When our mother was alive, the three of us would spend Mother’s Day together at a nursery. Sometimes it was (the recently departed) White Rose Nurseries or Sheridan Nurseries in Unionville. Then we discovered Humber Nurseries on Hwy 50, and it became our garden Mecca.
Though Mum died 20 years ago this year, Sarah and I still make our annual pilgrimage to Humber almost every Mother’s Day.
What can I say about Humber? We spent four hours there this Sunday, and didn’t even scratch the surface.
Their website (see above) claims the 24-acre site has 70 greenhouses that cover four acres in themselves. I believe it. We guesstimated the perennials greenhouse alone to be a good acre; 3200 varieties, arranged alphabetically in aisles.
Considering the temptations, we exercised restraint. I still ended up spending more than $200.
We each fell in love with a hosta: Sarah’s, a glossy variegated ‘Fantabulous’ (the name is very seductive); mine, a tall frosty ‘Robert Frost’.
I came away with a new form of Gaillardia, ‘Oranges and Lemons’ – the one thing that was actually on my plant list – plus some old reliable Heuchera ‘Palace Purple’. My biggest buys were two $39 shrubs: ‘Mandarin Lights’ Azalea and ‘Pinky Winky’ Hydrangea that I hope lives up to its brand name (Proven Winners). Sarah got a Canadian hemlock and white pine for her country place.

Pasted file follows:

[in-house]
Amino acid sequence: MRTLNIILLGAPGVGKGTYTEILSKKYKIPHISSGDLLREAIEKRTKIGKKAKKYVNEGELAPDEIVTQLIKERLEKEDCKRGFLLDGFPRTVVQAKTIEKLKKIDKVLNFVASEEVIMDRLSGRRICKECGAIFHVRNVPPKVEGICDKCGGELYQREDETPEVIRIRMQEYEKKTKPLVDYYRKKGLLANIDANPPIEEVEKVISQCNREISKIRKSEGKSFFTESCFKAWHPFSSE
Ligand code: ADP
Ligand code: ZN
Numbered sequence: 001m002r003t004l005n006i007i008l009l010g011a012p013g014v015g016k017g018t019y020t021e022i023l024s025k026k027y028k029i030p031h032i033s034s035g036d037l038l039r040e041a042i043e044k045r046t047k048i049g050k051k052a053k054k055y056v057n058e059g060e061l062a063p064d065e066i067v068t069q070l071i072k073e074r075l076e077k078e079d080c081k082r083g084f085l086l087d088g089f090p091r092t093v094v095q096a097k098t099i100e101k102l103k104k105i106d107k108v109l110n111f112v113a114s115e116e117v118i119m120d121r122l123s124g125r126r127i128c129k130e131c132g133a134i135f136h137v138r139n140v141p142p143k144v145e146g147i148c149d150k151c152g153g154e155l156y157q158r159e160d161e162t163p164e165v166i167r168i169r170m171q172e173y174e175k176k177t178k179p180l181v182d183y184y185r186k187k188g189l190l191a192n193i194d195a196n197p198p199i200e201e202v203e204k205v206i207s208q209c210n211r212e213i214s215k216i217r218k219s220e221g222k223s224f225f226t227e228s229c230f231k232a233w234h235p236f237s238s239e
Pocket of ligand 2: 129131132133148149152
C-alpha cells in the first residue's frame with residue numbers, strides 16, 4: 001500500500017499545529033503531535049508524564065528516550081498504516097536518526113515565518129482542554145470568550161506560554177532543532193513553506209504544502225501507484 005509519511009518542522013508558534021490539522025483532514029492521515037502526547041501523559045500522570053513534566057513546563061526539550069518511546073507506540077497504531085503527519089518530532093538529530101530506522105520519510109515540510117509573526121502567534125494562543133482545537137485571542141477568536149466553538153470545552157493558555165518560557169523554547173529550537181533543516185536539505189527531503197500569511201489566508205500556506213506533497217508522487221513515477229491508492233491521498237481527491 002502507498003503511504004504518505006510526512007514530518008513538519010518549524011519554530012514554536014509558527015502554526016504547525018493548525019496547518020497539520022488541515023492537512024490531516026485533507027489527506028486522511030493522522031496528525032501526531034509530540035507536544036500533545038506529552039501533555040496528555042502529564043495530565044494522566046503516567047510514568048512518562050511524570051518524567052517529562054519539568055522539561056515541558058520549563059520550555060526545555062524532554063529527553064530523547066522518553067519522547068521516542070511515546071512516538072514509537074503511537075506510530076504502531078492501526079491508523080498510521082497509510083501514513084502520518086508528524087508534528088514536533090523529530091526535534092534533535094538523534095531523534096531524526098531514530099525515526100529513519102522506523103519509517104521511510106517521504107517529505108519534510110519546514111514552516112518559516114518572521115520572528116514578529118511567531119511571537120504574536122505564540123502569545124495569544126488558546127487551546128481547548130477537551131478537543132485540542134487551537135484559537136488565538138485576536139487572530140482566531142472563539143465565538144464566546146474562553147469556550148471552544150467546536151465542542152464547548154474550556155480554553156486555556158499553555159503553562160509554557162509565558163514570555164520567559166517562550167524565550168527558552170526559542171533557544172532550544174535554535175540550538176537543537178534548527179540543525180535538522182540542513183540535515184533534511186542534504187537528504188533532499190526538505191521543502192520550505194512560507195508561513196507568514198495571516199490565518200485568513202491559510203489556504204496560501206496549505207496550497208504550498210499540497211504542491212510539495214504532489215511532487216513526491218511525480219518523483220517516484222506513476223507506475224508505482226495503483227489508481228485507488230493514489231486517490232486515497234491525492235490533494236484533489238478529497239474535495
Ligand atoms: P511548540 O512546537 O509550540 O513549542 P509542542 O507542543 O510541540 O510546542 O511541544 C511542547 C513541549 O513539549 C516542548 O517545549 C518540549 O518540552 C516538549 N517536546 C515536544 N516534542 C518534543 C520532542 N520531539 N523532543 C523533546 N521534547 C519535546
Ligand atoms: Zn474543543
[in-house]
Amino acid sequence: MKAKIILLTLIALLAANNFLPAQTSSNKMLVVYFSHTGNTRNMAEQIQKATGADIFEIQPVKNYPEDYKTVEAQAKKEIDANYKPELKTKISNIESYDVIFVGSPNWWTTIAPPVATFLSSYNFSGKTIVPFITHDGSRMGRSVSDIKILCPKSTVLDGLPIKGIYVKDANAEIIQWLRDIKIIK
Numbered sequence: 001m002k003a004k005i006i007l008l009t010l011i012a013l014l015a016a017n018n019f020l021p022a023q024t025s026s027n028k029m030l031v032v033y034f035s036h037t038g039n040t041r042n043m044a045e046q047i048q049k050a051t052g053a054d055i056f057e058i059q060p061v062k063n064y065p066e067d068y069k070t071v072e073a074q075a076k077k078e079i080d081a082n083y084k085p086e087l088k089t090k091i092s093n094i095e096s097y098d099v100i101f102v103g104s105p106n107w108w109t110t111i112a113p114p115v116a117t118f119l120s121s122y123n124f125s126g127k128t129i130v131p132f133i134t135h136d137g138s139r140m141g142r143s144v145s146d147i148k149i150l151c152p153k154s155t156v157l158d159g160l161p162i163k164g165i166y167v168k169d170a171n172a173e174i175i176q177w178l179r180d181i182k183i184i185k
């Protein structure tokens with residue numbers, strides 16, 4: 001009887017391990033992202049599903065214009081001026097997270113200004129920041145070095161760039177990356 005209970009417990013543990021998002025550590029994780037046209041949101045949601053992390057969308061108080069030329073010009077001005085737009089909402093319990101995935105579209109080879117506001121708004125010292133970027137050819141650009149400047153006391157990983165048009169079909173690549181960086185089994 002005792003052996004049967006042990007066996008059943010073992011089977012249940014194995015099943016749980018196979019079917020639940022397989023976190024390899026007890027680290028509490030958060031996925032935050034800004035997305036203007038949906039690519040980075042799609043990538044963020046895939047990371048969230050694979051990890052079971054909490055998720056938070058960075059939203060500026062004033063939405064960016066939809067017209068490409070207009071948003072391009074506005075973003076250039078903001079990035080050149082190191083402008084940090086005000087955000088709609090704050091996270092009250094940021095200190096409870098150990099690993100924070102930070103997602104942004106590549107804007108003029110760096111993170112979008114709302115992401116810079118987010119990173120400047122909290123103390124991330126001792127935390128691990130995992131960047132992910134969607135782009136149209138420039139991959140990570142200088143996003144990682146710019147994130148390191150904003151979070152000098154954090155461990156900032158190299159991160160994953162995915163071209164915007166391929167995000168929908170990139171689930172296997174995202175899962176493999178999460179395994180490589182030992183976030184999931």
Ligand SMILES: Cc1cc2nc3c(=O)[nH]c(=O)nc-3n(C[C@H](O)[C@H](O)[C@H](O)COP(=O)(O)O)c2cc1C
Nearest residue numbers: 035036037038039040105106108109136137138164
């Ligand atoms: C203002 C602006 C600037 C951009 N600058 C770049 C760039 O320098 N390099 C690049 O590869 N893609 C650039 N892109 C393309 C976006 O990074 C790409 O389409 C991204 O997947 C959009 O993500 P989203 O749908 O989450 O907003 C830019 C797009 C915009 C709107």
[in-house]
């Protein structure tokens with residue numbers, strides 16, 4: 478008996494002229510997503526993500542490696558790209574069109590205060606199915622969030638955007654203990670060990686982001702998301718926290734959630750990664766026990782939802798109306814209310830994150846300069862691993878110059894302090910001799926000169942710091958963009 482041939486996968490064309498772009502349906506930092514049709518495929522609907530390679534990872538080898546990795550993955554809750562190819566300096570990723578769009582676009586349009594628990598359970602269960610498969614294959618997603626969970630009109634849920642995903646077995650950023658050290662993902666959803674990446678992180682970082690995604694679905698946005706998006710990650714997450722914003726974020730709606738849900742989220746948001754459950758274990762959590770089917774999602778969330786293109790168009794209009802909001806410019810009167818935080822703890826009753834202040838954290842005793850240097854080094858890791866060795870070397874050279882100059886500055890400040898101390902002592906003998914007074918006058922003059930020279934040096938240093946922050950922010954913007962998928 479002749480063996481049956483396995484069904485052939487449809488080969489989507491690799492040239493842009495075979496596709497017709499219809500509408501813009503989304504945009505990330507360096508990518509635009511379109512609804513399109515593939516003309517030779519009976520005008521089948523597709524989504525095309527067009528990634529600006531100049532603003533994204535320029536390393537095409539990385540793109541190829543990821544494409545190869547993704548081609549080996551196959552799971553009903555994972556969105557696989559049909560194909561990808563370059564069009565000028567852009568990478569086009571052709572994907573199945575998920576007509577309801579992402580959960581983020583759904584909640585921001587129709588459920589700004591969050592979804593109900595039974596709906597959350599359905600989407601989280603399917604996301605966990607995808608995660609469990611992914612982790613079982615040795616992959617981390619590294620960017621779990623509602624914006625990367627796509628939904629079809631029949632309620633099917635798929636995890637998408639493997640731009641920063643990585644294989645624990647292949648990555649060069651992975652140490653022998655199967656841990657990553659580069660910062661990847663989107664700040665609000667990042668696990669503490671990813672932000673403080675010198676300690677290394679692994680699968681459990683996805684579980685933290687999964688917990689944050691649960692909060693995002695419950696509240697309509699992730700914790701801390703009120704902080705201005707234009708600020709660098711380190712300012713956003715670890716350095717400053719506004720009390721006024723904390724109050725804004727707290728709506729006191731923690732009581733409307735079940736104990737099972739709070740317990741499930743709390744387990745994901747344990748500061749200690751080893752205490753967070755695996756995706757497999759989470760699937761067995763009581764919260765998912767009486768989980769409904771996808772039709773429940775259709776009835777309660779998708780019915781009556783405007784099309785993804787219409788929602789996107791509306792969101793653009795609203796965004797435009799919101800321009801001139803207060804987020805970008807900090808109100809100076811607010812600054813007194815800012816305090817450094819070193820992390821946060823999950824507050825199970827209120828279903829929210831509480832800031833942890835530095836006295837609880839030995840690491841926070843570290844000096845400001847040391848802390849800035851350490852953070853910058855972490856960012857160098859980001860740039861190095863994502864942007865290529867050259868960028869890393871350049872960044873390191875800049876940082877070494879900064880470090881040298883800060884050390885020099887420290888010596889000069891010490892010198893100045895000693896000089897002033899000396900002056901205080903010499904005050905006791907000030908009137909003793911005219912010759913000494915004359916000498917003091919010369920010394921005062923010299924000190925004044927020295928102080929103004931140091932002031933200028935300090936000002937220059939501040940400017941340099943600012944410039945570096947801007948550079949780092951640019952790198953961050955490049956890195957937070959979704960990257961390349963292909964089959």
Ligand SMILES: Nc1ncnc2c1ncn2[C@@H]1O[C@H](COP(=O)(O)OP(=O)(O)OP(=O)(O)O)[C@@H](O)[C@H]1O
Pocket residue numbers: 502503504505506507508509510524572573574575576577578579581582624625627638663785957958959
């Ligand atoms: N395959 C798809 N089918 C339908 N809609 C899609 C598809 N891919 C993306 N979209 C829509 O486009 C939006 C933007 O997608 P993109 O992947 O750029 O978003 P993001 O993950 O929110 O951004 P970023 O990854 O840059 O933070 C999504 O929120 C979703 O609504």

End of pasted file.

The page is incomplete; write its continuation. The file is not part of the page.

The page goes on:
We quickly toured the trees, mentally bookmarking two (more) species we’d love to own. We learned that Stewartia pseudocamellia is an all-round performer, if you can grow Cornus florida (ha!). Among its attractions are camellia-like flowers and particularly colourful camouflage-patterned bark.
We were told that the other tree is much less fussy, Parottia persica. It sneers at drought and even some shade. Yet it’s a handsome shape with small but early (therefore interesting) red spring flowers and good fall colour. I’ll be looking into it as a way to add privacy in the back yard.
Four hours zipped by. With our haul, including three indispensible ‘Gartenmeister’ Fuchsia for containers, we had to call it a day. We hadn’t made it past the middle of the perennial alphabet; hadn’t visited the Butterfly Conservatory; hadn’t stopped to look at the aquatic plants or the fish or seriously peruse the grasses or herbs or tropicals. All that can wait till another time, another year, another pilgrimage.
Perhaps by that time our own children will have finally gotten the gardening bug, and the Mother’s Day tradition can be passed on to the next generation.
[Ed: We didn’t take a picture of the nursery when we visited back in 2007. When we updated the Wordpress version of this blog in 2016, we added a shot from 2010.]